Burlington

Helpful Links for Burlington:

images images  Cogeco-logo images          images         Unknown         Unknownuniongas

About the Community of Burlington

Burlington (Canada 2011 Census population 175,779), is a city located in Halton Region at the western end of Lake Ontario. Burlington is part of the Greater Toronto Area, and is also included in the Hamilton Census Metropolitan Area. Physically, Burlington lies between the north shore of Lake Ontario and the Niagara Escarpment. Economically, Burlington is strategically located near the geographic centre of the Golden Horseshoe, a densely populated and industrialized region home to over 8 million people.

Some of the city’s attractions include Canada’s Largest RibfestSound of Music FestivalBurlington Art Centre, and Spencer Smith Park, all located near the city’s municipal offices in the downtown core. Additionally, the city attracts hikers, birders and nature lovers due to the Royal Botanical Gardens located on the border with Hamilton, as well as its proximity to a part of the Niagara Escarpment in the north end of the city that includes the Iroquoian section of the Bruce Trail.

History of Burlington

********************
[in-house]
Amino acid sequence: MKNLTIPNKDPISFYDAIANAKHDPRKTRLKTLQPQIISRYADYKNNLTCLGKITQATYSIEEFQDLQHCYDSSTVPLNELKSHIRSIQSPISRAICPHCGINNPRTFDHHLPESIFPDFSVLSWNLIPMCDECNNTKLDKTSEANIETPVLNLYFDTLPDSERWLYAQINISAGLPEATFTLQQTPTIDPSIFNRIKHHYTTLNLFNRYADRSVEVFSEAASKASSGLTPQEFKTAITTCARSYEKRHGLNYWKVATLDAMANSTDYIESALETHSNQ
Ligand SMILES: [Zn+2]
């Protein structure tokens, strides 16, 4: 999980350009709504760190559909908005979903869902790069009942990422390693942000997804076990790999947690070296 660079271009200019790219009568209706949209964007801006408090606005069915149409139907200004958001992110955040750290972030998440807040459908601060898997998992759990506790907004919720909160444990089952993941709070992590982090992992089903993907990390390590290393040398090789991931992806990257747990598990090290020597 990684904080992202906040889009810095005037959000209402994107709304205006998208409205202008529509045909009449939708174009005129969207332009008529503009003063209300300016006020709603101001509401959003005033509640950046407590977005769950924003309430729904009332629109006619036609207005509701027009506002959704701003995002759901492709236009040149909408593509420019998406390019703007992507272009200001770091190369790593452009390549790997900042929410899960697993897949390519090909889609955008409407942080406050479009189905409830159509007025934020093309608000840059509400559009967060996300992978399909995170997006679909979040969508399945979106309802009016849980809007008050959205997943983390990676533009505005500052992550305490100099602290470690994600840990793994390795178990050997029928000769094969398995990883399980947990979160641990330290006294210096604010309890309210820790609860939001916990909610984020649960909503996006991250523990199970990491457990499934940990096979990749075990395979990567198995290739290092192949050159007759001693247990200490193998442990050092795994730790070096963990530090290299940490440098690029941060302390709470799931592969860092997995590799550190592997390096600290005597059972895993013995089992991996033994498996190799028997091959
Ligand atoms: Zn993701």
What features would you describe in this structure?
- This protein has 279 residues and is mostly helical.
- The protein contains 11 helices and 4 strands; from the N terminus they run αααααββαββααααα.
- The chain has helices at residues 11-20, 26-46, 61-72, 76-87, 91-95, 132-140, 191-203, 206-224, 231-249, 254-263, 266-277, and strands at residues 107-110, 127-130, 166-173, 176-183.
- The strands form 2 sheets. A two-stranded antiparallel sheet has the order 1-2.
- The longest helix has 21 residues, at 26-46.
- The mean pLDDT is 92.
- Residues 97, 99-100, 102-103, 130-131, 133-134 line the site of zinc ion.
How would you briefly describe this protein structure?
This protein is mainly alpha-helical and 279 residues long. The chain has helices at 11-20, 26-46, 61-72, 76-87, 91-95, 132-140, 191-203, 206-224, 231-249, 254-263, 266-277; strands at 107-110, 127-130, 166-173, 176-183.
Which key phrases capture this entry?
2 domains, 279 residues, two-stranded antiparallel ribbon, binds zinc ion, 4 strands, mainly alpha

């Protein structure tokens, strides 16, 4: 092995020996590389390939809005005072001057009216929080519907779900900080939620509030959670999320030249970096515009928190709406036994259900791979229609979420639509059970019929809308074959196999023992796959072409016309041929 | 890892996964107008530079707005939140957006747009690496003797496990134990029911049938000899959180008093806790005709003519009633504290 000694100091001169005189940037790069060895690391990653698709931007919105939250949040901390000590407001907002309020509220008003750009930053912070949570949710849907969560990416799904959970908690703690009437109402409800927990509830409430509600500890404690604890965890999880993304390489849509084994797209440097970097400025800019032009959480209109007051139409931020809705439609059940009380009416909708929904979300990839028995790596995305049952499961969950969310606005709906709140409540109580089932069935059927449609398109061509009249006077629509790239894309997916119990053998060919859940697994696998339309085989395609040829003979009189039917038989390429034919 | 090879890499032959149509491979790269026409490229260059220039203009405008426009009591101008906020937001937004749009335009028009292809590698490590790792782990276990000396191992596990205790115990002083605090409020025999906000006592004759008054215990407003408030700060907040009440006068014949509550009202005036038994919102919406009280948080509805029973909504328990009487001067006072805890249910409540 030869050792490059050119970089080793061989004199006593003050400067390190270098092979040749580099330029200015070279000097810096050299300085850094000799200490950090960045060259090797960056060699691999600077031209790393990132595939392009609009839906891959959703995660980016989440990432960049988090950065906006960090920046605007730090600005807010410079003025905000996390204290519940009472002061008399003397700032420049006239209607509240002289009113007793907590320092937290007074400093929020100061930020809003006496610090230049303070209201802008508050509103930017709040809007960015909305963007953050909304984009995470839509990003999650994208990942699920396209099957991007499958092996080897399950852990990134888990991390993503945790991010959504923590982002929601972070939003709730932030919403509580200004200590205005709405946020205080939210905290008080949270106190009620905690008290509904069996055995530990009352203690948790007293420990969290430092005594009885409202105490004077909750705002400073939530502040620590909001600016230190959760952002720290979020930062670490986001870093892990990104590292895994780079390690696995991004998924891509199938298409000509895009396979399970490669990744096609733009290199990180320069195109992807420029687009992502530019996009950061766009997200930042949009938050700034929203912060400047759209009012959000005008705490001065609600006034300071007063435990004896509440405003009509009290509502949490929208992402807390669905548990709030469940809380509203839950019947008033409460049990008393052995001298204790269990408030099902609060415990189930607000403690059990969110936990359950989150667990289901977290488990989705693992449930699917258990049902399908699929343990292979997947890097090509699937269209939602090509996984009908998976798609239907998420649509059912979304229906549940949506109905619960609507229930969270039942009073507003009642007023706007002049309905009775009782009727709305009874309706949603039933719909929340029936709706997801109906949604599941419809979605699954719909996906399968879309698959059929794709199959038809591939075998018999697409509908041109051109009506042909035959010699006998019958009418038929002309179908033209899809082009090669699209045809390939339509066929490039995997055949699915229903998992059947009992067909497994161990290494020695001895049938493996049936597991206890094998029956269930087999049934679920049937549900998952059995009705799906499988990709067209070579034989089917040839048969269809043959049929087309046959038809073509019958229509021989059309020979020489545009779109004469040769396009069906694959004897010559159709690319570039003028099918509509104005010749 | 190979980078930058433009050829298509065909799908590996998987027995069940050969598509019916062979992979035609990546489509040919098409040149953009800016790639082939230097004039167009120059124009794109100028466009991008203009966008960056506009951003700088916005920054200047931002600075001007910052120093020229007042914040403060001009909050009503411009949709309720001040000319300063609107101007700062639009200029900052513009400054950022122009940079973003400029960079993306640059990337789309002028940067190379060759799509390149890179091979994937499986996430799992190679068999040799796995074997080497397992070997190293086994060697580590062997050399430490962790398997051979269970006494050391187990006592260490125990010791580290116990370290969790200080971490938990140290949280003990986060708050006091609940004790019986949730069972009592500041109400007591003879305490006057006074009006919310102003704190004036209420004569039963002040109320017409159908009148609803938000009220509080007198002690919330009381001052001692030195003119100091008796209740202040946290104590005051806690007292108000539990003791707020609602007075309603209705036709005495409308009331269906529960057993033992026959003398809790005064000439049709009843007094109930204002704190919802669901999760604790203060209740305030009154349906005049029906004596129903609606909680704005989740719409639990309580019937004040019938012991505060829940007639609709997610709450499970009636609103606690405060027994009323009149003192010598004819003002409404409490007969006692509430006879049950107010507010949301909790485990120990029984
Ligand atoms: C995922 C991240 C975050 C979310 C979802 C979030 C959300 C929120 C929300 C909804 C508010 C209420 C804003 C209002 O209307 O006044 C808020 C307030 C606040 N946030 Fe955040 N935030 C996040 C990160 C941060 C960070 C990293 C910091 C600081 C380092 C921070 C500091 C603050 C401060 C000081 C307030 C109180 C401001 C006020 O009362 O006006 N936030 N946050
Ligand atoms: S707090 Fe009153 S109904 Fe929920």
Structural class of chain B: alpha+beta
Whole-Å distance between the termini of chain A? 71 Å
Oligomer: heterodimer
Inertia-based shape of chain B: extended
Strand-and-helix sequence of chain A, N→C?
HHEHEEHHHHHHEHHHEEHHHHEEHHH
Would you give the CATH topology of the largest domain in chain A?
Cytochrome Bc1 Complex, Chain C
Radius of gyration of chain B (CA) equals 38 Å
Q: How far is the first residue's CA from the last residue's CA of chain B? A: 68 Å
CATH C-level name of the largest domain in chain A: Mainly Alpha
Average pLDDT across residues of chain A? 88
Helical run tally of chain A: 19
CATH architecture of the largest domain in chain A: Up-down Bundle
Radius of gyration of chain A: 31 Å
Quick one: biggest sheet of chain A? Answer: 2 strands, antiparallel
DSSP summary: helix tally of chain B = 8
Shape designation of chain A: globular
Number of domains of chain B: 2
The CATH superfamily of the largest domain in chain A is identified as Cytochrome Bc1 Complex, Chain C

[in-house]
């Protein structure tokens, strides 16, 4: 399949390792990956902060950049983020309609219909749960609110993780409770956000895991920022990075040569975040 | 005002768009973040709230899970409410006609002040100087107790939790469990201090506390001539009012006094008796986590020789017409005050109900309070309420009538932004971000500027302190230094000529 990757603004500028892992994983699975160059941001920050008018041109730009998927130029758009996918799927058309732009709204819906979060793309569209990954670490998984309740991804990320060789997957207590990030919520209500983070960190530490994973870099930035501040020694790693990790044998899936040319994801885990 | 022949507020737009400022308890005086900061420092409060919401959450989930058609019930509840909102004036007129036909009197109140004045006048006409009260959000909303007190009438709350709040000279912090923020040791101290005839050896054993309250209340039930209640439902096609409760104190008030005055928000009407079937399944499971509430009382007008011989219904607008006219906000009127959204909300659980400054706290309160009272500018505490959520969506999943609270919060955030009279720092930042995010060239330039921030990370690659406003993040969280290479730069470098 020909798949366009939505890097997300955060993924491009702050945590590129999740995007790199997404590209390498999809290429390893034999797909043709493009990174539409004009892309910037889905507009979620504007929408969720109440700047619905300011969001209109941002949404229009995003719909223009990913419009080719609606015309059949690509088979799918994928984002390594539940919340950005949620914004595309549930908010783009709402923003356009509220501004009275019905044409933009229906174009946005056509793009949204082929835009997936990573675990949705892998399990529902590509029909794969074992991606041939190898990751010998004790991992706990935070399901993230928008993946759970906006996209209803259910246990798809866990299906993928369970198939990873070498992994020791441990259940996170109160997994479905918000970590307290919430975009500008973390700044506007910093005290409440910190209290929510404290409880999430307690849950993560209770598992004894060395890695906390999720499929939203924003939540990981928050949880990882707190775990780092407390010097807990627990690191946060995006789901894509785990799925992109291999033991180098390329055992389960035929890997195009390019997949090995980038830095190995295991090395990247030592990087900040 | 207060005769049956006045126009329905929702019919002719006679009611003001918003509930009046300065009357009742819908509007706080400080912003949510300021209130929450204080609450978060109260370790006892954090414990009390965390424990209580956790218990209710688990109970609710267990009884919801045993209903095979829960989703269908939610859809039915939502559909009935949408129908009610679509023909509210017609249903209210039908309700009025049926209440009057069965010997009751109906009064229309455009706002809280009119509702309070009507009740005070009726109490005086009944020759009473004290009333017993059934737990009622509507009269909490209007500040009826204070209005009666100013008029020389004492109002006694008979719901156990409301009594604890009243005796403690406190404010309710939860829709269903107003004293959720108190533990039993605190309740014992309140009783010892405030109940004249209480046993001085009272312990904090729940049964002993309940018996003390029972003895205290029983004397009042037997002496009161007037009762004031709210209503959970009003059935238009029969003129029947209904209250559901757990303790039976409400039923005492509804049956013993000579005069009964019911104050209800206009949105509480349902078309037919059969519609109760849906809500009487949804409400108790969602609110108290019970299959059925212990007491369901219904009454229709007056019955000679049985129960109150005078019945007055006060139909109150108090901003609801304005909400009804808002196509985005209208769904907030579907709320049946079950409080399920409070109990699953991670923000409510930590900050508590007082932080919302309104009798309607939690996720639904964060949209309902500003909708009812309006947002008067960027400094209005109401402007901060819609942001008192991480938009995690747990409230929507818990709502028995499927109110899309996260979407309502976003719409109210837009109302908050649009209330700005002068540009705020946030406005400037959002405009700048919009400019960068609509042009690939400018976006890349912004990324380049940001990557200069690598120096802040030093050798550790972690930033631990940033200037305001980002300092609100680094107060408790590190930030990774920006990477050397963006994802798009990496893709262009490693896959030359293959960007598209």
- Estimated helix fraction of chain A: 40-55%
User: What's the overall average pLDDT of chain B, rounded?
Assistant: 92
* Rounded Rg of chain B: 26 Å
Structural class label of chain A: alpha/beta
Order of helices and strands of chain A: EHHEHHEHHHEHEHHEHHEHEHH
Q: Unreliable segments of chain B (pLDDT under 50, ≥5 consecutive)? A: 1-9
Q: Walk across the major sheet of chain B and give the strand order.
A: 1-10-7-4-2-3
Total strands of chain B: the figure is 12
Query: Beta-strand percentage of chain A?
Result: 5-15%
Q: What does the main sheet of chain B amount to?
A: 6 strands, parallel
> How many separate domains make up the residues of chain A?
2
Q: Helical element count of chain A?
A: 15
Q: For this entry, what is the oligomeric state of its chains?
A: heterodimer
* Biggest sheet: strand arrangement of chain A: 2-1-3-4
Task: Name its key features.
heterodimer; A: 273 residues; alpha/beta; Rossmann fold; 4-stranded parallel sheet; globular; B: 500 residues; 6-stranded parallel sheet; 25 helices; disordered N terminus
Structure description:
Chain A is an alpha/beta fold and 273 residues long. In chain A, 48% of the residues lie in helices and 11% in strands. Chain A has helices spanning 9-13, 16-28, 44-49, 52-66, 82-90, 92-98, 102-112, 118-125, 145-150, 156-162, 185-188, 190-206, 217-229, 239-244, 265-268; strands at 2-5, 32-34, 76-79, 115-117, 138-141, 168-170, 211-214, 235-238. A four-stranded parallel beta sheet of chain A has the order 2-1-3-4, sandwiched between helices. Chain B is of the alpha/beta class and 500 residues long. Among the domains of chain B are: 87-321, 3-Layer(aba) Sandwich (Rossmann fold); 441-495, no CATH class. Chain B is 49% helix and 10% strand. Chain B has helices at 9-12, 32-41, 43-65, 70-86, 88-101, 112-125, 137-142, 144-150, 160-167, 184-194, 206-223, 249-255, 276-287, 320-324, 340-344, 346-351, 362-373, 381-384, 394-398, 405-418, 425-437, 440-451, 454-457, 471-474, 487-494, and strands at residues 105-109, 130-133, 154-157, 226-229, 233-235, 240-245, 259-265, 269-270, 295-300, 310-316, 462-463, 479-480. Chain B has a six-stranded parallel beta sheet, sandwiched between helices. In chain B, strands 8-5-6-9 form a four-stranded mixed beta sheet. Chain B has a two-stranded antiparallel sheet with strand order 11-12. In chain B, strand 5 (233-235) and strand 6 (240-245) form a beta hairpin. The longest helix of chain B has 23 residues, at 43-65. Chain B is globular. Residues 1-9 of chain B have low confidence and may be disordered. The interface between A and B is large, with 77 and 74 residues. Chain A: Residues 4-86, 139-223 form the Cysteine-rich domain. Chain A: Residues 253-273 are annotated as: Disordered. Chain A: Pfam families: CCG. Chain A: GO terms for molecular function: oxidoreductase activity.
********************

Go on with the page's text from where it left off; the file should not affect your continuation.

Before pioneer settlement in the 19th century, the area was covered by the primeval forest that stretched between the provincial capital of York and the town of Hamilton, and was home to various First Nations peoples. In 1792, John Graves Simcoe, the first lieutenant governor of Upper Canada, named the western end of Lake Ontario “Burlington Bay” after the town ofBridlington in the East Riding of YorkshireEngland. By the time land beside the bay was deeded to Captain Joseph Brant at the turn of the nineteenth century, the name “Burlington” was already in common use. With the completion of the local survey after the War of 1812, the land was opened for settlement. Early farmers prospered in the Burlington area because of the fertile soil and moderate temperatures. Produce from the farms was shipped out via the bustling docks of the lakeside villages of Port Nelson and Wellington Square, as well as Brown’s Wharf in the nearby village of Port Flamborough (which was to become Aldershot). Lumber taken from the surrounding forests also competed for space on the busy docks. However, in the latter half of the 19th century, increased wheat production from Western Canada convinced local farmers to switch to fruit and vegetable production.